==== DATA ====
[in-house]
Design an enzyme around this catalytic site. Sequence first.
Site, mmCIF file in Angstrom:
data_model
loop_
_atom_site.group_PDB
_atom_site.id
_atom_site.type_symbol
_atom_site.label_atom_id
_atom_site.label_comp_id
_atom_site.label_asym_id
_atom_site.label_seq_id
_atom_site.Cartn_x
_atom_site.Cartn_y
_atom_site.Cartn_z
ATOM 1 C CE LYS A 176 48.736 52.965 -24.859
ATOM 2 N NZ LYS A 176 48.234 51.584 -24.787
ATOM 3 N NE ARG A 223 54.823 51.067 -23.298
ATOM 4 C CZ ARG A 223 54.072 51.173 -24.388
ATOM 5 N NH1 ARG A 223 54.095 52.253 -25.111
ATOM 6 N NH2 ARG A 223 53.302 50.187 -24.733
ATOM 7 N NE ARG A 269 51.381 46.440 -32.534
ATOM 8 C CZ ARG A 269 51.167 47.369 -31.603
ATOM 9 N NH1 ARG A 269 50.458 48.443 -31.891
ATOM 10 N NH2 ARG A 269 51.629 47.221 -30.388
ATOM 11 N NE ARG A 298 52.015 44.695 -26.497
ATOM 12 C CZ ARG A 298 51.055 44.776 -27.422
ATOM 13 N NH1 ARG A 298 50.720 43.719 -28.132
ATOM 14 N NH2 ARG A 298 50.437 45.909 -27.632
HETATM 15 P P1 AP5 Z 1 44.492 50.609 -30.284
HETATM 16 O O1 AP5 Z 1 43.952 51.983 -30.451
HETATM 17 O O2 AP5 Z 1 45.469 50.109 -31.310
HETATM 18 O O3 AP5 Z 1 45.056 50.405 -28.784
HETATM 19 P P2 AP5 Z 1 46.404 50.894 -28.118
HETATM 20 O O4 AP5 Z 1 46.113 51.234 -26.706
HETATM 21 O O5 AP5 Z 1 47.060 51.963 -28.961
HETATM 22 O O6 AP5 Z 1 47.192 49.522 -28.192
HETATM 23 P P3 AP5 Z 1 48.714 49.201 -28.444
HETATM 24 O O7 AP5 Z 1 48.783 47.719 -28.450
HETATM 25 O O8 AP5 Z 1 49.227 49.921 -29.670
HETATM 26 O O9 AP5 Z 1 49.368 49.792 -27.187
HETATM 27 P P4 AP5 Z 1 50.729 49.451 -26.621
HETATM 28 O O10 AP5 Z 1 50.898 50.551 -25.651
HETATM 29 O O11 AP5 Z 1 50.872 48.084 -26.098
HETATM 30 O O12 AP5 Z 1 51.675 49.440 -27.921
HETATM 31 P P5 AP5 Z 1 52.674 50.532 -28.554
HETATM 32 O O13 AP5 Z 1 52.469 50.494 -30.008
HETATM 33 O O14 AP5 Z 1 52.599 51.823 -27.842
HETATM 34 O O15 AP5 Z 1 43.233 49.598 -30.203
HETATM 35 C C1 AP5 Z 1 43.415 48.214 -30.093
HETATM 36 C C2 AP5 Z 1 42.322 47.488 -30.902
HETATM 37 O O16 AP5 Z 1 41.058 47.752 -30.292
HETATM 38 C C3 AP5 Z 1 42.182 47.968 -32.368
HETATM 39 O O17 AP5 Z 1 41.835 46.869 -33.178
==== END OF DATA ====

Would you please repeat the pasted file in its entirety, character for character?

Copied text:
[in-house]
Design an enzyme around this catalytic site. Sequence first.
Site, mmCIF file in Angstrom:
data_model
loop_
_atom_site.group_PDB
_atom_site.id
_atom_site.type_symbol
_atom_site.label_atom_id
_atom_site.label_comp_id
_atom_site.label_asym_id
_atom_site.label_seq_id
_atom_site.Cartn_x
_atom_site.Cartn_y
_atom_site.Cartn_z
ATOM 1 C CE LYS A 176 48.736 52.965 -24.859
ATOM 2 N NZ LYS A 176 48.234 51.584 -24.787
ATOM 3 N NE ARG A 223 54.823 51.067 -23.298
ATOM 4 C CZ ARG A 223 54.072 51.173 -24.388
ATOM 5 N NH1 ARG A 223 54.095 52.253 -25.111
ATOM 6 N NH2 ARG A 223 53.302 50.187 -24.733
ATOM 7 N NE ARG A 269 51.381 46.440 -32.534
ATOM 8 C CZ ARG A 269 51.167 47.369 -31.603
ATOM 9 N NH1 ARG A 269 50.458 48.443 -31.891
ATOM 10 N NH2 ARG A 269 51.629 47.221 -30.388
ATOM 11 N NE ARG A 298 52.015 44.695 -26.497
ATOM 12 C CZ ARG A 298 51.055 44.776 -27.422
ATOM 13 N NH1 ARG A 298 50.720 43.719 -28.132
ATOM 14 N NH2 ARG A 298 50.437 45.909 -27.632
HETATM 15 P P1 AP5 Z 1 44.492 50.609 -30.284
HETATM 16 O O1 AP5 Z 1 43.952 51.983 -30.451
HETATM 17 O O2 AP5 Z 1 45.469 50.109 -31.310
HETATM 18 O O3 AP5 Z 1 45.056 50.405 -28.784
HETATM 19 P P2 AP5 Z 1 46.404 50.894 -28.118
HETATM 20 O O4 AP5 Z 1 46.113 51.234 -26.706
HETATM 21 O O5 AP5 Z 1 47.060 51.963 -28.961
HETATM 22 O O6 AP5 Z 1 47.192 49.522 -28.192
HETATM 23 P P3 AP5 Z 1 48.714 49.201 -28.444
HETATM 24 O O7 AP5 Z 1 48.783 47.719 -28.450
HETATM 25 O O8 AP5 Z 1 49.227 49.921 -29.670
HETATM 26 O O9 AP5 Z 1 49.368 49.792 -27.187
HETATM 27 P P4 AP5 Z 1 50.729 49.451 -26.621
HETATM 28 O O10 AP5 Z 1 50.898 50.551 -25.651
HETATM 29 O O11 AP5 Z 1 50.872 48.084 -26.098
HETATM 30 O O12 AP5 Z 1 51.675 49.440 -27.921
HETATM 31 P P5 AP5 Z 1 52.674 50.532 -28.554
HETATM 32 O O13 AP5 Z 1 52.469 50.494 -30.008
HETATM 33 O O14 AP5 Z 1 52.599 51.823 -27.842
HETATM 34 O O15 AP5 Z 1 43.233 49.598 -30.203
HETATM 35 C C1 AP5 Z 1 43.415 48.214 -30.093
HETATM 36 C C2 AP5 Z 1 42.322 47.488 -30.902
HETATM 37 O O16 AP5 Z 1 41.058 47.752 -30.292
HETATM 38 C C3 AP5 Z 1 42.182 47.968 -32.368
HETATM 39 O O17 AP5 Z 1 41.835 46.869 -33.178